Countless generations of Arabs and Muslims have called the United States home. Yet while diversity and pluralism continue to define contemporary America, many Muslims are viewed by their neighbors as painful reminders of conflict and violence. In this concise volume, renowned historian Yvonne Haddad argues that American Muslim identity is as uniquely American it is for as any other race, nationality, or religion.
Latina Politics, Latino Politics: Gender, Culture, and Political Participation in Boston
Hardy-Fanta, Carol. Latina Politics, Latino Politics: Gender, Culture, and Political Participation in Boston. Philadelphia: Temple University Press, Submitted. View the eBook (Harvard Key required)
The Color of Privilege: Three Blasphemies on Race and Feminism
Hurtado, Aída. The Color of Privilege: Three Blasphemies on Race and Feminism. Critical perspectives on women and gender. Ann Arbor: University of Michigan Press, 1996. View the eBook-Harvard Key RequiredAbstract
This book explores how women of different ethnic/racial groups conceive of feminism. Aída Hurtado advances the theory of relational privilege to explain those differing conceptions. She argues that the different responses to feminism by women of color are not so much the result of personality or cultural differences between white women and women of color, but of their differing relationship to white men.
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The Privileged Poor: How Elite Colleges Are Failing Disadvantaged Students
Jack, Anthony Abraham. The Privileged Poor: How Elite Colleges Are Failing Disadvantaged Students. Cambridge, MA: Harvard University Press, 2019. View the eBook (Harvard Key required)Abstract

Getting in is only half the battle. The Privileged Poor reveals how-and why-disadvantaged students struggle at elite colleges, and explains what schools can do differently if these students are to thrive.The Ivy League looks different than it used to. College presidents and deans of admission have opened their doors-and their coffers-to support a more diverse student body. But is it enough just to admit these students? In The Privileged Poor, Anthony Jack reveals that the struggles of less privileged students continue long after they've arrived on campus. Admission, they quickly learn, is not the same as acceptance. This bracing and necessary book documents how university policies and cultures can exacerbate preexisting inequalities and reveals why these policies hit some students harder than others.Despite their lofty aspirations, top colleges hedge their bets by recruiting their new diversity largely from the same old sources, admitting scores of lower-income black, Latino, and white undergraduates from elite private high schools like Exeter and Andover. These students approach campus life very differently from students who attended local, and typically troubled, public high schools and are often left to flounder on their own. Drawing on interviews with dozens of undergraduates at one of America's most famous colleges and on his own experiences as one of the privileged poor, Jack describes the lives poor students bring with them and shows how powerfully background affects their chances of success.If we truly want our top colleges to be engines of opportunity, university policies and campus cultures will have to change. Jack provides concrete advice to help schools reduce these hidden disadvantages-advice we cannot afford to ignore.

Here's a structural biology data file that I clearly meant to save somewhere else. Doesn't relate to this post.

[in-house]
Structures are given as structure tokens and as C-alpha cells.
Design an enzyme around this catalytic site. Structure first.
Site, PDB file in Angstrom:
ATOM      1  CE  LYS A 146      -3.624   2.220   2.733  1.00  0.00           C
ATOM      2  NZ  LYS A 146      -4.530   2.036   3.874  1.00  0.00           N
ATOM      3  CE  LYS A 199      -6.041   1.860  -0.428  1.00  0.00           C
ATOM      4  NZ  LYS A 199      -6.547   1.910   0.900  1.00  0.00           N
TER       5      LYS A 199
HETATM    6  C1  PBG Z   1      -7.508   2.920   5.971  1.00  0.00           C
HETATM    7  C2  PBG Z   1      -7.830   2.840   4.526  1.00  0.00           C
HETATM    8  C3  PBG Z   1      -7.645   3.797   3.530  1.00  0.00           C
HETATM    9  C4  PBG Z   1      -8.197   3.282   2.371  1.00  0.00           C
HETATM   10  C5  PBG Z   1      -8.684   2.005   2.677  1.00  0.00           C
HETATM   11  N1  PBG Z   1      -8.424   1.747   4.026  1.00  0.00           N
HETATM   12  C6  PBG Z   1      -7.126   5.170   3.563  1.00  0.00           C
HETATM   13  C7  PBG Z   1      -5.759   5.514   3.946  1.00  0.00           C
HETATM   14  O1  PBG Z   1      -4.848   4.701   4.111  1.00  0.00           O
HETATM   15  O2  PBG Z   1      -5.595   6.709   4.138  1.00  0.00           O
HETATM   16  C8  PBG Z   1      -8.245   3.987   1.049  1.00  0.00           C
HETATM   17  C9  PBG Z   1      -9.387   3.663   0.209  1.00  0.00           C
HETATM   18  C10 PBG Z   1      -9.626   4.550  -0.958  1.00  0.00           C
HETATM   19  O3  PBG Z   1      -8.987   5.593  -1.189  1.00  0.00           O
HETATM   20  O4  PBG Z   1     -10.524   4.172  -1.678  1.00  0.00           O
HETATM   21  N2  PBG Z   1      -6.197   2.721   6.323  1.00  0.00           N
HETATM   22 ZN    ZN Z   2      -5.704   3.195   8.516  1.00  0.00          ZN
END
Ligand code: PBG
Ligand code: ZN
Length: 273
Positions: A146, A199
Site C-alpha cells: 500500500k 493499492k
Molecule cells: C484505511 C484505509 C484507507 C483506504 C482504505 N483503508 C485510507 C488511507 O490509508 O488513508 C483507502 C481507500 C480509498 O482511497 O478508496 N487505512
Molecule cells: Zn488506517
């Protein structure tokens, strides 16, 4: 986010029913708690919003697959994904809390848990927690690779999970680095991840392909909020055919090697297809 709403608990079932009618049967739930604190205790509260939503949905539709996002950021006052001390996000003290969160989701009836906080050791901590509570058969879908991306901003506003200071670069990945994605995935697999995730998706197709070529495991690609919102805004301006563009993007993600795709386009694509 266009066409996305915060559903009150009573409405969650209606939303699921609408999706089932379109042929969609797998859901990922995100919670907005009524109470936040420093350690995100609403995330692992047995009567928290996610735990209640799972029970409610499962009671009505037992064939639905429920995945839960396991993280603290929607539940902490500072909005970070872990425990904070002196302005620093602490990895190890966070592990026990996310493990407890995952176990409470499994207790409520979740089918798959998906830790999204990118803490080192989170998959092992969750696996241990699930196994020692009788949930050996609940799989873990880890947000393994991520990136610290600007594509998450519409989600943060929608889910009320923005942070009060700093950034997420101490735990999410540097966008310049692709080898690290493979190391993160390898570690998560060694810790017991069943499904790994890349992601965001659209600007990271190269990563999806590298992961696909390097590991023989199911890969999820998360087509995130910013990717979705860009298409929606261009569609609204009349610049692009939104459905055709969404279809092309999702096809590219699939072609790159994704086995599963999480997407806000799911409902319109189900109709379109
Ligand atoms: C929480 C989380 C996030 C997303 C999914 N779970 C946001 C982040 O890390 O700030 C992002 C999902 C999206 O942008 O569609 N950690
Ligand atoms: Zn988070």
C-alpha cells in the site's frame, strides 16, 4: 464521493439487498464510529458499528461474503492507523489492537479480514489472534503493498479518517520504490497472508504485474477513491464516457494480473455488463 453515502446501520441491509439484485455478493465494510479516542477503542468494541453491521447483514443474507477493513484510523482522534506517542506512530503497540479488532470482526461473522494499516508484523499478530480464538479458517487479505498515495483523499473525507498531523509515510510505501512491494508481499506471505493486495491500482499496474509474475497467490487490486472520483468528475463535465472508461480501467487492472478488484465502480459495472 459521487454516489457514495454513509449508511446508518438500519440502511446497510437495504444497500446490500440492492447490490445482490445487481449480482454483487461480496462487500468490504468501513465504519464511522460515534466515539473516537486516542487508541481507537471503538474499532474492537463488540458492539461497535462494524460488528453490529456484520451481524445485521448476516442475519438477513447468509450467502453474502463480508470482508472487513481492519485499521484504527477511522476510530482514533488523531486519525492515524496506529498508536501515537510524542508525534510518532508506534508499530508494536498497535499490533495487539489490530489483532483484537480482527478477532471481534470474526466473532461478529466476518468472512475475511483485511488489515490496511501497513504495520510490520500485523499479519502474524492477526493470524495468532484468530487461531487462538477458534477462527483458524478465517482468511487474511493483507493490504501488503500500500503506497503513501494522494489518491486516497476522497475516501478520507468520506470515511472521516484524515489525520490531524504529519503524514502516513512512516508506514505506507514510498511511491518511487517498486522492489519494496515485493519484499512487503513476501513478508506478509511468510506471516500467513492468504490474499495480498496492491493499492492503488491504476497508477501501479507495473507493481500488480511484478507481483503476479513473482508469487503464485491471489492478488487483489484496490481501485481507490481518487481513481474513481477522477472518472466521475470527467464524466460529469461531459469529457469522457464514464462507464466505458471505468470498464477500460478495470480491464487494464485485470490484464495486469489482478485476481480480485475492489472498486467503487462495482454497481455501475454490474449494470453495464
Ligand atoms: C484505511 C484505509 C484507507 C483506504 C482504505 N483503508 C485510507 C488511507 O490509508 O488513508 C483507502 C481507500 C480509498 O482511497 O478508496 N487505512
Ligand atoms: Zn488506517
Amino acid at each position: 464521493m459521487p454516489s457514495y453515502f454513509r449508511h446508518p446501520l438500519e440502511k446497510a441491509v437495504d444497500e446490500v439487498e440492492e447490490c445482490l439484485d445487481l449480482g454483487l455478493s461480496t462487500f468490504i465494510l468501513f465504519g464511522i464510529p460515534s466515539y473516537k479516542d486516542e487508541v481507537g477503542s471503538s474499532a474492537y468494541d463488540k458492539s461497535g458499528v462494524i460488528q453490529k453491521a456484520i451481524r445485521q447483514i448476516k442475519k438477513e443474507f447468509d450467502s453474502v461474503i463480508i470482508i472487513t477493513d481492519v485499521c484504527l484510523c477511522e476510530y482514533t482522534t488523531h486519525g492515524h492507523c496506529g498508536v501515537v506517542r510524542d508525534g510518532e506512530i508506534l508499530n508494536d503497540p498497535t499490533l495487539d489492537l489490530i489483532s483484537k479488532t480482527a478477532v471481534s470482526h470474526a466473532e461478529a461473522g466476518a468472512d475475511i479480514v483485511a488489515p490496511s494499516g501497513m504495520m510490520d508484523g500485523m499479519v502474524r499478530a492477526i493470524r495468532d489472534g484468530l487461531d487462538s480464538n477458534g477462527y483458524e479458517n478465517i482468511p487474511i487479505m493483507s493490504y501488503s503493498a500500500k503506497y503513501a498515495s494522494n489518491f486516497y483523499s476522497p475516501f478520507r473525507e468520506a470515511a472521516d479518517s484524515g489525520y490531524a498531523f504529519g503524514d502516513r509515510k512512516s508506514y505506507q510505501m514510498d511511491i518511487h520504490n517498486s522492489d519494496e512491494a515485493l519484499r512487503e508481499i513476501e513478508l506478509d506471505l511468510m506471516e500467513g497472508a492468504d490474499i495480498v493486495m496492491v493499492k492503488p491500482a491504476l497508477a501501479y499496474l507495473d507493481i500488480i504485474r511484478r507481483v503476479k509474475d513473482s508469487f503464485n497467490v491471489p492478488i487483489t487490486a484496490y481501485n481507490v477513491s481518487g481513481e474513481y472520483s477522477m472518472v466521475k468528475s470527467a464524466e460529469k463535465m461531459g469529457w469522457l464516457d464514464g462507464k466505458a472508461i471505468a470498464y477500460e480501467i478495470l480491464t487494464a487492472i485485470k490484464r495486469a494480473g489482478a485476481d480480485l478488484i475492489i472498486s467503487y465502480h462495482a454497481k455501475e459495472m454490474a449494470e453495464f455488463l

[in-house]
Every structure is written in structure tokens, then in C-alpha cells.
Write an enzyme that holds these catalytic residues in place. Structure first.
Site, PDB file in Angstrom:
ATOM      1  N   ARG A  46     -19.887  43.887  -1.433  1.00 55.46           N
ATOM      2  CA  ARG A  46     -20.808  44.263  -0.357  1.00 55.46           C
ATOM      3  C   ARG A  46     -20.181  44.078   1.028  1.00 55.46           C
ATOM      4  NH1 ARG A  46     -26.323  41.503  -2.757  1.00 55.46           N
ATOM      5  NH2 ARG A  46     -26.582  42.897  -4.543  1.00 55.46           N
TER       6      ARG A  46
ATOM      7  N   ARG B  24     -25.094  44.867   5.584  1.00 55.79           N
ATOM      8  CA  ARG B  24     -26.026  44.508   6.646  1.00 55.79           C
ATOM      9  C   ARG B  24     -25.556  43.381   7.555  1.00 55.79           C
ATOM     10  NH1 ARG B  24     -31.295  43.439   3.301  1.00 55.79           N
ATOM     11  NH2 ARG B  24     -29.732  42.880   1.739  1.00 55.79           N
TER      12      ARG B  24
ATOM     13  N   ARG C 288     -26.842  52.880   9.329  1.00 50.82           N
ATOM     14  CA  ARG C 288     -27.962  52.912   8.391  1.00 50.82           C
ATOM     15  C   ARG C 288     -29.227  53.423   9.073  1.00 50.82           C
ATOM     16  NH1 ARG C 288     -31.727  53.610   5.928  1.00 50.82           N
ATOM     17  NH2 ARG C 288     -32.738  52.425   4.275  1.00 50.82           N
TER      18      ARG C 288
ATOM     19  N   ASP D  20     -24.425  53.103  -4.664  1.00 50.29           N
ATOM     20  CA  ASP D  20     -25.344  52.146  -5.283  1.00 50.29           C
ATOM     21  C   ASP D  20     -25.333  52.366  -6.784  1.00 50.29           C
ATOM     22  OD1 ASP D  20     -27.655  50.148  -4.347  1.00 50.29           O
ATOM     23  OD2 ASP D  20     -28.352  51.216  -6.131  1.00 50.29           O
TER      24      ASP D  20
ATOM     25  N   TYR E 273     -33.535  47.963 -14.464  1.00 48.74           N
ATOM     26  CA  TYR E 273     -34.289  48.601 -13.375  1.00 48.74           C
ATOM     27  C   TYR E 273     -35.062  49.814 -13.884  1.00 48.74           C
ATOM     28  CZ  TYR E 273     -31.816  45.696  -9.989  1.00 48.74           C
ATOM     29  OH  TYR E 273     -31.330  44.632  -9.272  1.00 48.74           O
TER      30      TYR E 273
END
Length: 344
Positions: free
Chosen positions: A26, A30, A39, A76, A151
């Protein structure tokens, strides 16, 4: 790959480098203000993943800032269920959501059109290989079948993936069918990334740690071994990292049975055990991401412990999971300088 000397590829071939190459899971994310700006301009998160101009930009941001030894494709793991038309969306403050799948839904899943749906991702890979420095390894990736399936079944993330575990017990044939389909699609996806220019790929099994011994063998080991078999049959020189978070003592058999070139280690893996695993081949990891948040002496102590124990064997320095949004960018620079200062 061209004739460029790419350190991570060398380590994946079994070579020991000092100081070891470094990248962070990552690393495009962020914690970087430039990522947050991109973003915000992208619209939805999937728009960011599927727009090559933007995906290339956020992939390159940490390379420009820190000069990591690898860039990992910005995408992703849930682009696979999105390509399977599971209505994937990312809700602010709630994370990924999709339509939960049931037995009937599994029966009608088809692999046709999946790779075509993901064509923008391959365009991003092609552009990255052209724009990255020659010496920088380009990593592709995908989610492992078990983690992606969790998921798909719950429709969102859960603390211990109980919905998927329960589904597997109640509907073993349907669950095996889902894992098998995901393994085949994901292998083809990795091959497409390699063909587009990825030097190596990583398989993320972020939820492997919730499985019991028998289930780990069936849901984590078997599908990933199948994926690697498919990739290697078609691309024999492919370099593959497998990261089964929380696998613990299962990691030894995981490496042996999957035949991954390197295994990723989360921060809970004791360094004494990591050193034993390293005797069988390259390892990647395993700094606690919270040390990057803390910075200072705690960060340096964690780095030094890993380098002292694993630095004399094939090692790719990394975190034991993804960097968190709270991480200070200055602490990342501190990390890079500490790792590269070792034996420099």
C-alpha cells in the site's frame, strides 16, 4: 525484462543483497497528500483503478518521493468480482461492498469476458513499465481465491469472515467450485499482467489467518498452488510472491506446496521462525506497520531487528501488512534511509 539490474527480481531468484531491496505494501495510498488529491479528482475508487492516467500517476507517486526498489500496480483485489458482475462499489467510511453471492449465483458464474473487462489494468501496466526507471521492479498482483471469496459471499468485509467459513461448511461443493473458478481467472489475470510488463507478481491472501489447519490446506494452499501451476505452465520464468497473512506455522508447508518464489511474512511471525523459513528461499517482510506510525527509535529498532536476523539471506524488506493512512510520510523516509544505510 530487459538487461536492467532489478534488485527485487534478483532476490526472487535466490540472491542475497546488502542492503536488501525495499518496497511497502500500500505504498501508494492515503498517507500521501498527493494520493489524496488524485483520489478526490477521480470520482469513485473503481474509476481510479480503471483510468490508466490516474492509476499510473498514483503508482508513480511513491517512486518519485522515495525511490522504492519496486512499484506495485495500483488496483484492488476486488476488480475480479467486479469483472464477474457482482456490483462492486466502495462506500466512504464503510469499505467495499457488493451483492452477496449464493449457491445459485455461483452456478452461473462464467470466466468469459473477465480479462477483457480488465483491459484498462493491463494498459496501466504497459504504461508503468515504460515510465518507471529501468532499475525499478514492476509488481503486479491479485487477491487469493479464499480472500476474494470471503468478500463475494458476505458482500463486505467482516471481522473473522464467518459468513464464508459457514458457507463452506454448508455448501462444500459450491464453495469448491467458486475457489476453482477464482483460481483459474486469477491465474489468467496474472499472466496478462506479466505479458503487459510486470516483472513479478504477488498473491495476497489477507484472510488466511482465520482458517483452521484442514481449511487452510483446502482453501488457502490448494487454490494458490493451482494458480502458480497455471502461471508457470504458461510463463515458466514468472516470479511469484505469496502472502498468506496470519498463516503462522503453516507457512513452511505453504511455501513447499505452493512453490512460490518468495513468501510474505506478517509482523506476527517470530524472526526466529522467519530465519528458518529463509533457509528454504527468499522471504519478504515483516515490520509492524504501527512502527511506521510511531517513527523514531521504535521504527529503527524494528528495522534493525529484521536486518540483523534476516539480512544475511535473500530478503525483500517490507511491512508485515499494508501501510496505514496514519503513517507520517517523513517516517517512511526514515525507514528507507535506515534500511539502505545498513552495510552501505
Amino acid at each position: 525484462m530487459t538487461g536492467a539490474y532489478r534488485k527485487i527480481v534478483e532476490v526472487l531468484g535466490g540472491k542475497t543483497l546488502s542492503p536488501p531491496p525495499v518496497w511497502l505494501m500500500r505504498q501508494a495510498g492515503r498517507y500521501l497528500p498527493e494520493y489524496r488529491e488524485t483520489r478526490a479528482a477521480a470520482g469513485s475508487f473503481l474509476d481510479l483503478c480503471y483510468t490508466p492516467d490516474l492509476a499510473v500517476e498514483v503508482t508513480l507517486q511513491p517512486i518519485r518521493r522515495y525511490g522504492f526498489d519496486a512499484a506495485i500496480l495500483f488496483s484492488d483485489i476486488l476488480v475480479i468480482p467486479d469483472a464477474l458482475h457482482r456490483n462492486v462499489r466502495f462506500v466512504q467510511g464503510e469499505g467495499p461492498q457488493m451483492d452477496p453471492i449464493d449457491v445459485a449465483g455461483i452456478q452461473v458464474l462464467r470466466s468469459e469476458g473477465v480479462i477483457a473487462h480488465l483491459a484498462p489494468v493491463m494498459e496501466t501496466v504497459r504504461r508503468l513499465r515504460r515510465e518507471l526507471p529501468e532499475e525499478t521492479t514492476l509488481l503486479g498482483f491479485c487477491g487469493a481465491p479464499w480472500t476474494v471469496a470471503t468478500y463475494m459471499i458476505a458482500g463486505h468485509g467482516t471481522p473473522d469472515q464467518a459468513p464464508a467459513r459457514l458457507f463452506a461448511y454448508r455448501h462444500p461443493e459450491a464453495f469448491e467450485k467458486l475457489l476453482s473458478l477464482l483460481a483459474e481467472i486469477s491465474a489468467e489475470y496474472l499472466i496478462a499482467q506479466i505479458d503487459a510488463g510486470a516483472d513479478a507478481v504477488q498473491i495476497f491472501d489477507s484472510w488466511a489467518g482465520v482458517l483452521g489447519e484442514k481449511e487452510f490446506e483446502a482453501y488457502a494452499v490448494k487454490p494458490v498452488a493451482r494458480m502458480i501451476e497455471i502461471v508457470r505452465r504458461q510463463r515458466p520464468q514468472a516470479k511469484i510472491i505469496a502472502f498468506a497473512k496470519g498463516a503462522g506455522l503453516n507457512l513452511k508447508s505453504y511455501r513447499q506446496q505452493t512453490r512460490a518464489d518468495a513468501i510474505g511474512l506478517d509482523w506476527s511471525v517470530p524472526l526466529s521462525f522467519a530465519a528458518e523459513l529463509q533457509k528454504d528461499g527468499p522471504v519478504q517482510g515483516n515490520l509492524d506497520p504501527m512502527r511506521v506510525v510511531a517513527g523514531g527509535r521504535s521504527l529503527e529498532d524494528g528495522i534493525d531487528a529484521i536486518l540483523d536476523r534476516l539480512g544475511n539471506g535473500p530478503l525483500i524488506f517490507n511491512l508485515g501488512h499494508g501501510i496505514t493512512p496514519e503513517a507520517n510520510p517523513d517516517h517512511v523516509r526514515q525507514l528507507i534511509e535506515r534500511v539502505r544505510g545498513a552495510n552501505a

Also available as print book (HOLLIS# 99153735717903941)

No Place Like Home: Lessons in Activism from LGBT Kansas
Janovy, C.J. No Place Like Home: Lessons in Activism from LGBT Kansas. Lawrence, Kansas: University Press of Kansas, 2018. View the eBook-Harvard Key RequiredAbstract

Far from the coastal centers of culture and politics, Kansas stands at the very center of American stereotypes about red states. In the American imagination, it is a place LGBT people leave. No Place Like Home is about why they stay. The book tells the epic story of how a few disorganized and politically naïve Kansans, realizing they were unfairly under attack, rolled up their sleeves, went looking for fights, and ended up making friends in one of the country’s most hostile states.

With its close-up view of the lives and work behind LGBT activism in Kansas, No Place Like Home fills a prairie-sized gap in the narrative of civil rights in America. The book also looks forward, as an inspiring guide for progressives concerned about the future of any vilified minority in an increasingly polarized nation.

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The Time between Places: Stories That Weave In and Out of Egypt and America
Kaldas, Pauline. The Time between Places: Stories That Weave In and Out of Egypt and America. University of Arkansas Press, 2010. View the eBook-Harvard Key RequiredAbstract
This collection of twenty stories delves into the lives of Egyptian characters, from those living in Egypt to those who have immigrated to the United States. With subtle and eloquent prose, the complexities of these characters are revealed, opening a door into their intimate struggles with identity and place. We meet people who are tempted by the possibilities of America and others who are tempted by the desire to return home. Some are in the throes of re-creating themselves in the new world while others seem to be embedded in the loss of their homeland. Many of these characters, although physically located in either the United States or Egypt, have lives that embrace both cultures.
Campus Counterspaces: Black and Latinx Students' Search for Community at Historically White Universities
Keels, Micere. Campus Counterspaces: Black and Latinx Students' Search for Community at Historically White Universities. Ithaca, NY: Cornell University Press, 2019. View the eBook (Harvard Key required)Abstract

Frustrated with the flood of news articles and opinion pieces that were skeptical of minority students' "imagined" campus microaggressions, Micere Keels, a professor of comparative human development, set out to provide a detailed account of how racial-ethnic identity structures Black and Latinx students' college transition experiences.